Libraries That Go Places03712_000_026
Mary Titcomb, a librarian at the Washington County Free Library in Maryland, had a problem. She believed that everyone should have the fun of visiting a library and selecting books to read. Because this was impossible for most farmers and their families, who lived far out in the country, Mary decided that the library would go to them.
She designed a “traveling library,” a horse-drawn wagon that held 250 books. It made its first run in 1905, driven by the library’s janitor, Joshua Thomas. The new book wagon, with its shelves on the outside and storage cases inside, looked like a cross between a grocer’s delivery cart and the black hearse of the village undertaker. In fact, some of the farmers called it the “dead wagon” and didn’t want to use it at first. But their fear didn’t last long, and soon Joshua was covering sixteen different routes through five hundred square miles of territory and was welcomed by the people that he served. It took him four days to make just one round-trip with the library’s first “bookmobile.”
The idea of delivering books to farmers and others in remote areas was becoming quite popular, and bookmobiles began to appear throughout the United States and in other parts of the world. These early bookmobiles were not the walk-in type that you see today. They were usually station wagons with shelves that were rolled out the back door for their patrons. Small trucks with sides that were rebuilt to include outside shelves were also used. Library patrons often gave their bookmobiles nicknames.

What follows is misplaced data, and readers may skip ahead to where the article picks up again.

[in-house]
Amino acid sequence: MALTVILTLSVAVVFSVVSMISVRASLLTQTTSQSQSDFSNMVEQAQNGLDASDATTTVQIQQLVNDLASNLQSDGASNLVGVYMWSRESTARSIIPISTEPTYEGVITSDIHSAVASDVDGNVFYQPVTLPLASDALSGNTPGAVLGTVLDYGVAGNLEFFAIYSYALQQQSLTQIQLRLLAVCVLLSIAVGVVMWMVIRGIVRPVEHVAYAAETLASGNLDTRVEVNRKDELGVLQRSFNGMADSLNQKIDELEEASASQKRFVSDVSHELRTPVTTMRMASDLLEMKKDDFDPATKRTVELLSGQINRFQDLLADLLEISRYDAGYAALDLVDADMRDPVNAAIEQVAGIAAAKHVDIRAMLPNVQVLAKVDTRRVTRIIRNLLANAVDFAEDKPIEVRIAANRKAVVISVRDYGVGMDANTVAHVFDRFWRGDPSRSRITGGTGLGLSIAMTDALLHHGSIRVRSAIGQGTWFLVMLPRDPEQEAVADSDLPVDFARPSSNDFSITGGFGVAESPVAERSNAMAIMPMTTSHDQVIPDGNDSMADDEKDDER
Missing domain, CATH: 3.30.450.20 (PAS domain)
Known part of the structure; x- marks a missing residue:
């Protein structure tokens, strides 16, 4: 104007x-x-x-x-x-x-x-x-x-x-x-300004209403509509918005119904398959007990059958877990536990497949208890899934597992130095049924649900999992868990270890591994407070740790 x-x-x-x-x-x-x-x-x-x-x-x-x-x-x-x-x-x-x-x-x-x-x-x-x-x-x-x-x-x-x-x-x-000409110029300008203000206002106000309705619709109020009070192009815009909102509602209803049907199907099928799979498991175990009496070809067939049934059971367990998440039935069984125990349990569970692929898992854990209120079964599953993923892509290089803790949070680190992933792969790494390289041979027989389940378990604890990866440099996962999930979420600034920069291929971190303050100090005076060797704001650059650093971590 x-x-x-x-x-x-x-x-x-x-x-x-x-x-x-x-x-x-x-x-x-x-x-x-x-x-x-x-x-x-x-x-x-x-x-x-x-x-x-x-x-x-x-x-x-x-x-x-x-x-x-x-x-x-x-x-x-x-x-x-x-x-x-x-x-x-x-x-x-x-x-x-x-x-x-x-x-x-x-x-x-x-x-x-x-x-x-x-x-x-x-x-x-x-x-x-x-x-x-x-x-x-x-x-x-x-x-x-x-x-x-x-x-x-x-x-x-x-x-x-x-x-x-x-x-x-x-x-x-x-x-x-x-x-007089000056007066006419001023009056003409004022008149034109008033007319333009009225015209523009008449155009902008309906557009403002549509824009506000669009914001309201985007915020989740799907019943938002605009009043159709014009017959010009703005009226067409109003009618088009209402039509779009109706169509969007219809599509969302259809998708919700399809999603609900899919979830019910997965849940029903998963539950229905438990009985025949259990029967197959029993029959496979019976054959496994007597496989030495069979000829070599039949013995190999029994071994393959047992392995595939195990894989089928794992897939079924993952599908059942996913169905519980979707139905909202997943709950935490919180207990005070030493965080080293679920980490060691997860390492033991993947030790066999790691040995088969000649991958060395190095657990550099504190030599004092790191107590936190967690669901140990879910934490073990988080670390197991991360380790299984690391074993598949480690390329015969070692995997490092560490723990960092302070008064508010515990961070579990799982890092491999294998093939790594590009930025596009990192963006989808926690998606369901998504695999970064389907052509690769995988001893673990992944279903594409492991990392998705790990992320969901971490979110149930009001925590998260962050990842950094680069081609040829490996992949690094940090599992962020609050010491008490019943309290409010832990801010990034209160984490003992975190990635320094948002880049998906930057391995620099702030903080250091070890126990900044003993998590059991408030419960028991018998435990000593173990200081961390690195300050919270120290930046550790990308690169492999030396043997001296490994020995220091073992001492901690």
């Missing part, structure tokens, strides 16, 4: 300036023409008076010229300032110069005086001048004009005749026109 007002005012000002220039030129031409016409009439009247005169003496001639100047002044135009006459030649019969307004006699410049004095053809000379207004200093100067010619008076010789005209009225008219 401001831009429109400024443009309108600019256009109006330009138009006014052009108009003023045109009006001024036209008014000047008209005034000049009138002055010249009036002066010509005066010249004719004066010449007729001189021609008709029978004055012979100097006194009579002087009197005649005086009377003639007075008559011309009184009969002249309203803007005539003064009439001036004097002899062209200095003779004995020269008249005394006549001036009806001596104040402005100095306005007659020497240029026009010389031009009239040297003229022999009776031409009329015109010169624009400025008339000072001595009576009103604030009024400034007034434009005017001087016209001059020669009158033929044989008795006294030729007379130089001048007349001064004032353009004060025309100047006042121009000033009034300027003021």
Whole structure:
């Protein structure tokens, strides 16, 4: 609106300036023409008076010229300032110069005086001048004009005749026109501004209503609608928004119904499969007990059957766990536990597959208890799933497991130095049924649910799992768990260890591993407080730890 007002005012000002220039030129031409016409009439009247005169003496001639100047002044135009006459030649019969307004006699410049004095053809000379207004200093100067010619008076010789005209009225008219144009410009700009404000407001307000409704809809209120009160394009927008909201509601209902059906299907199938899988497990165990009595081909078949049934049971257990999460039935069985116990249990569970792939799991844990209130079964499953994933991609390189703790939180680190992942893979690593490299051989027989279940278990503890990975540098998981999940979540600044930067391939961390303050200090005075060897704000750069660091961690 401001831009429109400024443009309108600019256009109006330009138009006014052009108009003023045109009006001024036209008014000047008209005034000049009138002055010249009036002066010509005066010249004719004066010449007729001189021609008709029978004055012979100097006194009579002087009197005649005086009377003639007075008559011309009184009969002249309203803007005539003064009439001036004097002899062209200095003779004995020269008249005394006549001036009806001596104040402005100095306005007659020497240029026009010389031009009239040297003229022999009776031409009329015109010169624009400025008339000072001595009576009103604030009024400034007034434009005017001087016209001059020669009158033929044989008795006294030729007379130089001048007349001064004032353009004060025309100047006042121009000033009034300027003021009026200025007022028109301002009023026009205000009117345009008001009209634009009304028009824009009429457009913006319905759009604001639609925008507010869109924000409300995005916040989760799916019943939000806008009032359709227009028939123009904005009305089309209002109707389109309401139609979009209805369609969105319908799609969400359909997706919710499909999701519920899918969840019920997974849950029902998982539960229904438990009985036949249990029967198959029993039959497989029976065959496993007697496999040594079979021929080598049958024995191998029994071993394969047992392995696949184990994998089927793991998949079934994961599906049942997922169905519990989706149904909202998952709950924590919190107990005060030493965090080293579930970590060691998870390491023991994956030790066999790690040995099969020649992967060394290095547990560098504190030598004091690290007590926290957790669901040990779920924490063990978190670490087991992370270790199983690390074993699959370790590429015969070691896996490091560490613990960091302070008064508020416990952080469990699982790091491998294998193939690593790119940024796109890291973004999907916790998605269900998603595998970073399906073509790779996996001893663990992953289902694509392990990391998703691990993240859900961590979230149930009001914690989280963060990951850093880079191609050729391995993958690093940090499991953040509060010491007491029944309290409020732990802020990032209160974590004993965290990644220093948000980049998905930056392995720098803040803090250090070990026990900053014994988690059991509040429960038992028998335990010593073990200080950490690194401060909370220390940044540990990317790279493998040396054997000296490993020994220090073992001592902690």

One was “Teakettle,” a little truck that steamed in the desert and boiled over on the steep grades of Antelope Valley, California. Another was “Bouncing Betty,” which traveled through whipping sandstorms and heavy snow in the eastern plains of New Mexico.
Not all bookmobiles had wheels. In the Kentucky and Tennessee mountains, pack mules served as four-legged bookmobiles. And beginning in 1963, books were flown to an Indian reservation in New Mexico because the road conditions there were too hazardous. In Norway, the book boat Abdulla made its first voyage in 1959. Floating libraries have also delivered books by water in Mexico and Sweden. The French National Railways operated a special book train during the 1960s to serve railroad men and their families along a 1500-mile route.
Today librarians everywhere have adopted Mary Titcomb’s philosophy: “Have books, will travel!”